Key highlights of the “Slavery in Boston” exhibit include text from the Massachusetts Body of Liberties, the 1641 document that legalized slavery, making Massachusetts the first English colony in North America to make slavery legal. Legalized enslavement in Boston would continue for nearly 150 years. Additionally, the exhibit discusses the enslavement of Tribal communities and features 16 stories of enslaved people in Boston, which focuses on their efforts to resist enslavement while being catalysts for change. Faneuil Hall was built with funds from Peter Faneuil, who profited from the sale of enslaved people. The “Slavery in Boston” exhibit lists over 1,300 enslaved people in Boston with a link to a digital list.
“Boston has not one, but three founding histories,” said former State Representative Byron Rushing, Community Advisory Board Member and Director of the Museum of African American History. “The histories of the indigenous peoples who arrived here tens of thousands of years ago, the imperial Puritans who attacked and invaded these lands, and the Africans whom the Europeans stole and brought here as property, chattel, to supply and supplement the labor for the Europeans to exploit the vast resources of these lands. What is both unique and exciting about this exhibit is that the stories of all three are told factually and honestly.”
In addition to the ribbon cutting of the new exhibit, Mayor Wu also announced Murray Miller as the first-ever Director of the Office of Historic Preservation which was created last summer. Murray joins the City of Boston with over three decades of experience in historic preservation with a recent focus on uplifting marginalized histories to share a more holistic and intersectional story. In Miller’s work, he has developed a reflective, responsive and forward-thinking vision for historic preservation that supports economic development, environmental sustainability, and affordable housing objectives through an equity lens.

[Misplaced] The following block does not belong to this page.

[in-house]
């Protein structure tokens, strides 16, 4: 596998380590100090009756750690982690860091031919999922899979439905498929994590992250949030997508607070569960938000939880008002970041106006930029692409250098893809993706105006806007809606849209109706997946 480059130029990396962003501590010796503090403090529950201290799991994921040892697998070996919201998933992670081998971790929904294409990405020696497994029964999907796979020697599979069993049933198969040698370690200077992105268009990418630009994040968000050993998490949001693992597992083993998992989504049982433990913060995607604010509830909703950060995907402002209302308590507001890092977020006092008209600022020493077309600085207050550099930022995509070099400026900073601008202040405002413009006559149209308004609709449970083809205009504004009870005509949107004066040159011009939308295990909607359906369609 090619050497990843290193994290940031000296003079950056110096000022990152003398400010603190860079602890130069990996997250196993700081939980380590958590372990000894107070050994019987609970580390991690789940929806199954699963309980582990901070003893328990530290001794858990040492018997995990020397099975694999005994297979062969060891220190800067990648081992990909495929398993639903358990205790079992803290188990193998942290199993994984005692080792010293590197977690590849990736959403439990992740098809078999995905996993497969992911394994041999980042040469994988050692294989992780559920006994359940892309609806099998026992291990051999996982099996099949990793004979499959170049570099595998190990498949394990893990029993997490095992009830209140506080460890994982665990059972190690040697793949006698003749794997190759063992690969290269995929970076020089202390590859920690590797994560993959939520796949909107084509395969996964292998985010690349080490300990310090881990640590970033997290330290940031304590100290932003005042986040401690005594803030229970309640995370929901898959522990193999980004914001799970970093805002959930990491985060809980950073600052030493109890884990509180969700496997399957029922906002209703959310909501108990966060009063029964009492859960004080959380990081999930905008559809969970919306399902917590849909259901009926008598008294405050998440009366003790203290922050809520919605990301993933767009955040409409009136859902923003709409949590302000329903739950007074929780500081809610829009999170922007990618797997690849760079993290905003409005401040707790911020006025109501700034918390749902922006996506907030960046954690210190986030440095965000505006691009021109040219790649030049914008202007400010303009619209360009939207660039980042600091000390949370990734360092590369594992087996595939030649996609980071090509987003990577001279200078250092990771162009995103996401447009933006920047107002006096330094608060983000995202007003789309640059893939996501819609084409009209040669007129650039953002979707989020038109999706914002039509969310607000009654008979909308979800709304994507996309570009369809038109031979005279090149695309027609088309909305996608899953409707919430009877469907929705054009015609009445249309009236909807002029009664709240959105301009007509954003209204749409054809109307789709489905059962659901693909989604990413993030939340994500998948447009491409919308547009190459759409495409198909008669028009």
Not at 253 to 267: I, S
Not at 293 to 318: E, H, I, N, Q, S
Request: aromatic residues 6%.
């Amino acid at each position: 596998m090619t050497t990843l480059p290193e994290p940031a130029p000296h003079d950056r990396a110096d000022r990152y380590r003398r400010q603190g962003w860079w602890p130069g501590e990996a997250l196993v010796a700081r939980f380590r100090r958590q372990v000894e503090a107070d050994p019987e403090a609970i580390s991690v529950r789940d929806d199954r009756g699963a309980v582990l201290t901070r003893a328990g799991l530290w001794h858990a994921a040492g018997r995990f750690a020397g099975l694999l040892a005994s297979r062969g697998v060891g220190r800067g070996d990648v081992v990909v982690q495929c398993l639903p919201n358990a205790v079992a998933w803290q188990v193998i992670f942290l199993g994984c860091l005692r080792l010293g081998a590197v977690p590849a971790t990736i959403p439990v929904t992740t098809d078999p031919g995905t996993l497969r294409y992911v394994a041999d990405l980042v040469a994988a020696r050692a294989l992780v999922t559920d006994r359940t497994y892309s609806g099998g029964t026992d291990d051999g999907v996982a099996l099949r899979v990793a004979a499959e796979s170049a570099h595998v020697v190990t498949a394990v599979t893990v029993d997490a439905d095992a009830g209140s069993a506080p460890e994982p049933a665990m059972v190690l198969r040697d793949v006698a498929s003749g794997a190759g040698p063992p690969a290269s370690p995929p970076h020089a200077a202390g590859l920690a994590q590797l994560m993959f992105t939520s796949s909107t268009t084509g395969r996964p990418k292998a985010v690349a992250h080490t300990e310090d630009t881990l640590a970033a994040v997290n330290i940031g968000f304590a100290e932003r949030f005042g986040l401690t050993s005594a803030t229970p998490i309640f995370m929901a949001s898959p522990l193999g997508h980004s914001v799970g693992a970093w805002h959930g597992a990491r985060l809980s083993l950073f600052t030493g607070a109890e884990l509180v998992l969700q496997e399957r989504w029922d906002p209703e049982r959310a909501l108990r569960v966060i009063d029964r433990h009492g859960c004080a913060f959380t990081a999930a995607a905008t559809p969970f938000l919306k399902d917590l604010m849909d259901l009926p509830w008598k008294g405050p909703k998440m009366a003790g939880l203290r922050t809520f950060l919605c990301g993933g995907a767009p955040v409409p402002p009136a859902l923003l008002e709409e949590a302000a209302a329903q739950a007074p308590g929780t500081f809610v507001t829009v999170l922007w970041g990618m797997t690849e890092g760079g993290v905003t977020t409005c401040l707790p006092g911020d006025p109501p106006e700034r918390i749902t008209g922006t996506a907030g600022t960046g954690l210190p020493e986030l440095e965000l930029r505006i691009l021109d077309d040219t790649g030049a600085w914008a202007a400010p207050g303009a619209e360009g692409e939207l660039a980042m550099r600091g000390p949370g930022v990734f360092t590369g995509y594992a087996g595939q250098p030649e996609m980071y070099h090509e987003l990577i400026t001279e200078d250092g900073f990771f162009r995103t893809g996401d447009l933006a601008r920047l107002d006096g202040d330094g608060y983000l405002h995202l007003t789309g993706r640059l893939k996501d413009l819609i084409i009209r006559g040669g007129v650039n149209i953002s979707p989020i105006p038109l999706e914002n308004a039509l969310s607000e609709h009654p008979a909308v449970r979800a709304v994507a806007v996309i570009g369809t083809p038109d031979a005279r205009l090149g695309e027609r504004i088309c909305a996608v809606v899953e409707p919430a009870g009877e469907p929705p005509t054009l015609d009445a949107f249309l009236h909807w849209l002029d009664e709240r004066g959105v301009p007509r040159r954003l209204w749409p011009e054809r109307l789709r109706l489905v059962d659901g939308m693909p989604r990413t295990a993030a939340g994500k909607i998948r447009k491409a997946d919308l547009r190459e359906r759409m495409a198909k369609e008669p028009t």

The Office of Historic Preservation works to ensure that Boston’s history is inclusive, honest and elevates every community to have the tools and resources to research, preserve, acknowledge, and celebrate their history. The office includes the Boston Landmarks Commission, the City Archaeology Program and the Commemoration Commission.
“I am thrilled to join the City of Boston and support the ongoing efforts to preserve and uplift Boston’s history through an intersectional lens,” said Murray Miller, Director of the Office of Historic Preservation. “I am grateful to Mayor Wu and Chief White-Hammond for their support and I look forward to working with the Boston community to elevate its rich and multifaceted history.” Last year, Mayor Wu and the Boston City Council designated Highland Park as Boston’s newest Architectural Conservation District. Additionally, the Boston Landmarks Commission designated seven local landmarks, the most in a single year since 1983. Any ten registered Boston voters can petition the Boston Landmarks Commission to designate a historic neighborhood, building, landscape or object as a protected Boston Landmark or District. Local historic districts carry the ability to regulate change in historic neighborhoods, unlike National Register districts, which advocate for their protection. Individuals can learn more about designating a landmark in Boston by emailing